But the little secret here may be that the vagueness of the phrase was deliberately (or instinctively) calculated by its sponsors. Constant reference to a "war on terror" did accomplish one major objective: It stimulated the emergence of a culture of fear. Fear obscures reason, intensifies emotions and makes it easier for demagogic politicians to mobilize the public on behalf of the policies they want to pursue. The war of choice in Iraq could never have gained the congressional support it got without the psychological linkage between the shock of 9/11 and the postulated existence of Iraqi weapons of mass destruction. Support for President Bush in the 2004 elections was also mobilized in part by the notion that "a nation at war" does not change its commander in chief in midstream. The sense of a pervasive but otherwise imprecise danger was thus channeled in a politically expedient direction by the mobilizing appeal of being "at war."

To justify the "war on terror," the administration has lately crafted a false historical narrative that could even become a self-fulfilling prophecy. By claiming that its war is similar to earlier U.S. struggles against Nazism and then Stalinism (while ignoring the fact that both Nazi Germany and Soviet Russia were first-rate military powers, a status al-Qaeda neither has nor can achieve), the administration could be preparing the case for war with Iran. Such war would then plunge America into a protracted conflict spanning Iraq, Iran, Afghanistan and perhaps also Pakistan.

The culture of fear is like a genie that has been let out of its bottle. It acquires a life of its own -- and can become demoralizing. America today is not the self-confident and determined nation that responded to Pearl Harbor; nor is it the America that heard from its leader, at another moment of crisis, the powerful words "the only thing we have to fear is fear itself"; nor is it the calm America that waged the Cold War with quiet persistence despite the knowledge that a real war could be initiated abruptly within minutes and prompt the death of 100 million Americans within just a few hours. We are now divided, uncertain and potentially very susceptible to panic in the event of another terrorist act in the United States itself.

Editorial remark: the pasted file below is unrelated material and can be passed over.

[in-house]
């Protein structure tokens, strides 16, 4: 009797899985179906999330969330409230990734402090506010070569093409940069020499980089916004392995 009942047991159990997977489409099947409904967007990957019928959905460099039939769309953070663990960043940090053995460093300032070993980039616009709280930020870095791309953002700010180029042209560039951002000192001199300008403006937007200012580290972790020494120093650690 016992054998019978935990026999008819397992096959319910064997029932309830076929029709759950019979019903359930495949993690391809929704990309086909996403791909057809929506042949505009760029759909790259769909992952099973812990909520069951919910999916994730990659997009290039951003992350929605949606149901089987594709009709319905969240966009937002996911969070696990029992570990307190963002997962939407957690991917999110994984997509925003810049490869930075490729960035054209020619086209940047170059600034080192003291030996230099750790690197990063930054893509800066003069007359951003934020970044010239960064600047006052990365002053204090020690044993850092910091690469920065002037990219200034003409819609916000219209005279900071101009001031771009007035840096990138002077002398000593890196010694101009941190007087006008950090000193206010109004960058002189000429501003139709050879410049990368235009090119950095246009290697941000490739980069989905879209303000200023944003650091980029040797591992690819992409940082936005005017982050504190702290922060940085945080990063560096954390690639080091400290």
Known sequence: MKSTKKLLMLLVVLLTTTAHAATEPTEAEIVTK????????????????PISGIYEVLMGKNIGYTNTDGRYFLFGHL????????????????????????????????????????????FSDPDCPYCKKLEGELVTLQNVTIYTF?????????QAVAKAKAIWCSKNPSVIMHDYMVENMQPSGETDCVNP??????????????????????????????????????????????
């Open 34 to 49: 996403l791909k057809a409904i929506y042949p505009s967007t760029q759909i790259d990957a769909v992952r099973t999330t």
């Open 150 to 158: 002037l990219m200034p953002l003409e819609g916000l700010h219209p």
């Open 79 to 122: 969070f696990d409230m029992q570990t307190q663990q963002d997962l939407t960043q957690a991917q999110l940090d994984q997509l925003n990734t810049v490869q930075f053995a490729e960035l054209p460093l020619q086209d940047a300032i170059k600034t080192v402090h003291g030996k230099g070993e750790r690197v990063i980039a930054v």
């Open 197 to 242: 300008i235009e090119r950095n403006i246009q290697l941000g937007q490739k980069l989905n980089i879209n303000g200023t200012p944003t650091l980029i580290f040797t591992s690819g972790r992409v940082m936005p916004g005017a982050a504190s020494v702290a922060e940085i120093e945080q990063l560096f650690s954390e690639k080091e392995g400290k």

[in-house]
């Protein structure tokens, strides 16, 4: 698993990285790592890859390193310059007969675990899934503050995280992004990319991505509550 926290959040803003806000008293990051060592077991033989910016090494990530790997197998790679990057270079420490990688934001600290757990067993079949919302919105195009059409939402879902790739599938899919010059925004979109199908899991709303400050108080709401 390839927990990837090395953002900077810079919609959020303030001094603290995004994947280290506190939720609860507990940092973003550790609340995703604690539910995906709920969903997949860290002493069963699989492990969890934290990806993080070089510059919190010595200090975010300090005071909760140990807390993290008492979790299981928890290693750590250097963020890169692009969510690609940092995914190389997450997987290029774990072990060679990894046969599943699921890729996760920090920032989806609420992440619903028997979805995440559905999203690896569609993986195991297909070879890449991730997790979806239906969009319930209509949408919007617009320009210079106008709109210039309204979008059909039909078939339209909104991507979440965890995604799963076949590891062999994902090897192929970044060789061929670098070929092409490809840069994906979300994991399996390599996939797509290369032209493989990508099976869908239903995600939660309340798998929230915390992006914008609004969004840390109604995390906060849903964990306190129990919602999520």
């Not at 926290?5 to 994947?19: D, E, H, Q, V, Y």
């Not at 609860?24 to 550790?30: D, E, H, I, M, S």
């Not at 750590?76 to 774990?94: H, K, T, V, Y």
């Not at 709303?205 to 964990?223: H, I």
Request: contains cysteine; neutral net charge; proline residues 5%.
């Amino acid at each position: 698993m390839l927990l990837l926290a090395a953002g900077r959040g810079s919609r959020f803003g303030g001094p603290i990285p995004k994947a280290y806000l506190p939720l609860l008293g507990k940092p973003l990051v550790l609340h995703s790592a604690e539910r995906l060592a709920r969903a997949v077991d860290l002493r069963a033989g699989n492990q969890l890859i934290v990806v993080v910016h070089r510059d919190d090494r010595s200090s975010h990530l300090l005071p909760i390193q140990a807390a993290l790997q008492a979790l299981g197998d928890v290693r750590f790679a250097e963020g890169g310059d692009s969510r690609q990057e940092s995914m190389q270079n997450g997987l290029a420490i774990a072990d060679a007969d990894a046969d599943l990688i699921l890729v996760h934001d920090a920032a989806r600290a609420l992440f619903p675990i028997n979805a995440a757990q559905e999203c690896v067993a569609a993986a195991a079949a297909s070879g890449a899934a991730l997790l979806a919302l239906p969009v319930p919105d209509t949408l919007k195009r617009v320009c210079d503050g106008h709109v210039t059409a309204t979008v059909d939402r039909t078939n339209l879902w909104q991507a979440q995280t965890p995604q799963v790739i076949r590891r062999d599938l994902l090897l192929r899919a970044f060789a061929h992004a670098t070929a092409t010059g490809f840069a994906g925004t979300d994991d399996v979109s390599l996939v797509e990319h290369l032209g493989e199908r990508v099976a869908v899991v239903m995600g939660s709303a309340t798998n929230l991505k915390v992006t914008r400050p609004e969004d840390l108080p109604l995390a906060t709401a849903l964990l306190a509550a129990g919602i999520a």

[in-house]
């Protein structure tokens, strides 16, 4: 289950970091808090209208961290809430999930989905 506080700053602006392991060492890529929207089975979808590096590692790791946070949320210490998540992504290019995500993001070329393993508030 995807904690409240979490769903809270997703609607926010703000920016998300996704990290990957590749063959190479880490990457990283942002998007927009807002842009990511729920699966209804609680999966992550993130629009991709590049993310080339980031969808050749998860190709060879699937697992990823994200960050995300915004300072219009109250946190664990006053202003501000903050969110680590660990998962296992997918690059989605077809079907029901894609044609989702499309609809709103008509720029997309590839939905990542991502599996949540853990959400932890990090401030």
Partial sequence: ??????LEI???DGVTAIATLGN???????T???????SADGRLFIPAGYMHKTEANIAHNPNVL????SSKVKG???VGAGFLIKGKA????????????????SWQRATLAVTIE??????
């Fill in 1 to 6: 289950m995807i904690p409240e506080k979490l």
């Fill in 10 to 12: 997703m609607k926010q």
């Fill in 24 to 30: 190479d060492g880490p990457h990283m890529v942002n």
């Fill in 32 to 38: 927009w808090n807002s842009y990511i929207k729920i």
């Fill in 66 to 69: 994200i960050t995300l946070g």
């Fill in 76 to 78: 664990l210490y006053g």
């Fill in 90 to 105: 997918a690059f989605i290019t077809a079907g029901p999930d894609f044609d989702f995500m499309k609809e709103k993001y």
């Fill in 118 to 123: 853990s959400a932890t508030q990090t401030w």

That is the result of five years of almost continuous national brainwashing on the subject of terror, quite unlike the more muted reactions of several other nations (Britain, Spain, Italy, Germany, Japan, to mention just a few) that also have suffered painful terrorist acts. In his latest justification for his war in Iraq, President Bush even claims absurdly that he has to continue waging it lest al-Qaeda cross the Atlantic to launch a war of terror here in the United States.

Such fear-mongering, reinforced by security entrepreneurs, the mass media and the entertainment industry, generates its own momentum. The terror entrepreneurs, usually described as experts on terrorism, are necessarily engaged in competition to justify their existence. Hence their task is to convince the public that it faces new threats. That puts a premium on the presentation of credible scenarios of ever-more-horrifying acts of violence, sometimes even with blueprints for their implementation.